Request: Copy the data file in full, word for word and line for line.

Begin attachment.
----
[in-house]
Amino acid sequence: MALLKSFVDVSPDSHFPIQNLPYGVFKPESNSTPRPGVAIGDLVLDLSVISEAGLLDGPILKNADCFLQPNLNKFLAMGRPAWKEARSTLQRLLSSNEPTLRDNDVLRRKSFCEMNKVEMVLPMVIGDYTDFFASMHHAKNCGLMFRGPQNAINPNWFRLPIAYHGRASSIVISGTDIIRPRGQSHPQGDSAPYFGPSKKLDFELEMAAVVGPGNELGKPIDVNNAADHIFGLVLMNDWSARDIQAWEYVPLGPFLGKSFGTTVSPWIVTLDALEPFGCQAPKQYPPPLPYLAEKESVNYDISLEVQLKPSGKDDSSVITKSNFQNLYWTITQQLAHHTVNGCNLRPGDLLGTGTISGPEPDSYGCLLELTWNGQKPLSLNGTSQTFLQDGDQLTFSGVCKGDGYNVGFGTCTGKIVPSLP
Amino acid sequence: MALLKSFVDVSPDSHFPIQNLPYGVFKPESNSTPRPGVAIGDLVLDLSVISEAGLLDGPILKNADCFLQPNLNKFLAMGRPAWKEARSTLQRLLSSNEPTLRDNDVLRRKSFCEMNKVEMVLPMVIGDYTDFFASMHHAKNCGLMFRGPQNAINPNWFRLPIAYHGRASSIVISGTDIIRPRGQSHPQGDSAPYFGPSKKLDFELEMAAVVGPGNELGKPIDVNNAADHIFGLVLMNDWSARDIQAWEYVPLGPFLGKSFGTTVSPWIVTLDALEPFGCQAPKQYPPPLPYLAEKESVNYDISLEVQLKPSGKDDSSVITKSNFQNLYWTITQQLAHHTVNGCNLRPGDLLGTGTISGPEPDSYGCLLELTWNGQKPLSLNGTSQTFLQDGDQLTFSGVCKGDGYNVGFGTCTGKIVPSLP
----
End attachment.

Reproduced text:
[in-house]
Amino acid sequence: MALLKSFVDVSPDSHFPIQNLPYGVFKPESNSTPRPGVAIGDLVLDLSVISEAGLLDGPILKNADCFLQPNLNKFLAMGRPAWKEARSTLQRLLSSNEPTLRDNDVLRRKSFCEMNKVEMVLPMVIGDYTDFFASMHHAKNCGLMFRGPQNAINPNWFRLPIAYHGRASSIVISGTDIIRPRGQSHPQGDSAPYFGPSKKLDFELEMAAVVGPGNELGKPIDVNNAADHIFGLVLMNDWSARDIQAWEYVPLGPFLGKSFGTTVSPWIVTLDALEPFGCQAPKQYPPPLPYLAEKESVNYDISLEVQLKPSGKDDSSVITKSNFQNLYWTITQQLAHHTVNGCNLRPGDLLGTGTISGPEPDSYGCLLELTWNGQKPLSLNGTSQTFLQDGDQLTFSGVCKGDGYNVGFGTCTGKIVPSLP
Amino acid sequence: MALLKSFVDVSPDSHFPIQNLPYGVFKPESNSTPRPGVAIGDLVLDLSVISEAGLLDGPILKNADCFLQPNLNKFLAMGRPAWKEARSTLQRLLSSNEPTLRDNDVLRRKSFCEMNKVEMVLPMVIGDYTDFFASMHHAKNCGLMFRGPQNAINPNWFRLPIAYHGRASSIVISGTDIIRPRGQSHPQGDSAPYFGPSKKLDFELEMAAVVGPGNELGKPIDVNNAADHIFGLVLMNDWSARDIQAWEYVPLGPFLGKSFGTTVSPWIVTLDALEPFGCQAPKQYPPPLPYLAEKESVNYDISLEVQLKPSGKDDSSVITKSNFQNLYWTITQQLAHHTVNGCNLRPGDLLGTGTISGPEPDSYGCLLELTWNGQKPLSLNGTSQTFLQDGDQLTFSGVCKGDGYNVGFGTCTGKIVPSLP